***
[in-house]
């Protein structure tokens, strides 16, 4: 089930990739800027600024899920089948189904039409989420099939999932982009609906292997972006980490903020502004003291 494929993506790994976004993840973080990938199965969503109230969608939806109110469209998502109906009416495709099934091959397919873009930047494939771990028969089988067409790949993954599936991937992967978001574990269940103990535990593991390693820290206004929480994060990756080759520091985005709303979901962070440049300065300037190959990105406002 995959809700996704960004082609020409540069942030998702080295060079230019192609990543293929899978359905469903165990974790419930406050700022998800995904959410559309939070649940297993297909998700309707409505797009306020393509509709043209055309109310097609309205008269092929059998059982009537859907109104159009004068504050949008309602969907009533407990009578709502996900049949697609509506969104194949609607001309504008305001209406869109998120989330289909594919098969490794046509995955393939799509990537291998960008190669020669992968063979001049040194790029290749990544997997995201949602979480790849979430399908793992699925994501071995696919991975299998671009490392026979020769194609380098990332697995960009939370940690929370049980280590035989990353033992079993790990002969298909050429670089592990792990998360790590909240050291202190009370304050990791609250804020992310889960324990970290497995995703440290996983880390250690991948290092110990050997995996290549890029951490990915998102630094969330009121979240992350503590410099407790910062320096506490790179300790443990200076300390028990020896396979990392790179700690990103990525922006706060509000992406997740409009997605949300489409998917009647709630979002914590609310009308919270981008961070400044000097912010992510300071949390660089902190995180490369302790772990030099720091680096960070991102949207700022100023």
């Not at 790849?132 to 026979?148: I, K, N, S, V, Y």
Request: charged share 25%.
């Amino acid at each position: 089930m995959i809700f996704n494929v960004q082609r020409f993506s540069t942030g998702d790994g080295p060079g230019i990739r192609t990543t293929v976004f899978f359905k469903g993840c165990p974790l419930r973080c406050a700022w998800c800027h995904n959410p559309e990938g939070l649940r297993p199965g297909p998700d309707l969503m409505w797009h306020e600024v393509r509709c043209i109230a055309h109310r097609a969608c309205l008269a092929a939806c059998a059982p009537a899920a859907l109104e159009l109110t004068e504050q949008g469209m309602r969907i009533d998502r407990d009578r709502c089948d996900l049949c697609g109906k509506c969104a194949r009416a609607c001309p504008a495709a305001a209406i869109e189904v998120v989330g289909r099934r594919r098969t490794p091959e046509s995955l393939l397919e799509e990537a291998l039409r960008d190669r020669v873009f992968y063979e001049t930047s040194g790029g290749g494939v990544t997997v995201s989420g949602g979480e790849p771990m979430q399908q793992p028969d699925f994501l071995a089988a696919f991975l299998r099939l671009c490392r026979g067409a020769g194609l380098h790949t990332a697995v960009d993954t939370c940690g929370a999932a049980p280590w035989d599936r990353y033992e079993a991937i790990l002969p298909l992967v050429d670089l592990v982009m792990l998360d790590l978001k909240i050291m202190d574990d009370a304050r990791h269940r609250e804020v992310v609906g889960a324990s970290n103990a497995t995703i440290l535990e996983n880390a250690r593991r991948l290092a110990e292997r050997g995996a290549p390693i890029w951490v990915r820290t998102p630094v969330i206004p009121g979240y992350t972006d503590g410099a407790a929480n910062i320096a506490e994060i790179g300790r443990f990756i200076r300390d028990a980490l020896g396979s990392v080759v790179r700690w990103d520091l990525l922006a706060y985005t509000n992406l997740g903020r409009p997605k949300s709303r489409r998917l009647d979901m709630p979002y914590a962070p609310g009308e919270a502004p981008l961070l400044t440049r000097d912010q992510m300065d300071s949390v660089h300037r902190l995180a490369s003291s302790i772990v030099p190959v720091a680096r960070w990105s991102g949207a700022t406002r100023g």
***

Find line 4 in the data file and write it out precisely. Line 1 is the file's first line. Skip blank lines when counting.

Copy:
Request: charged share 25%.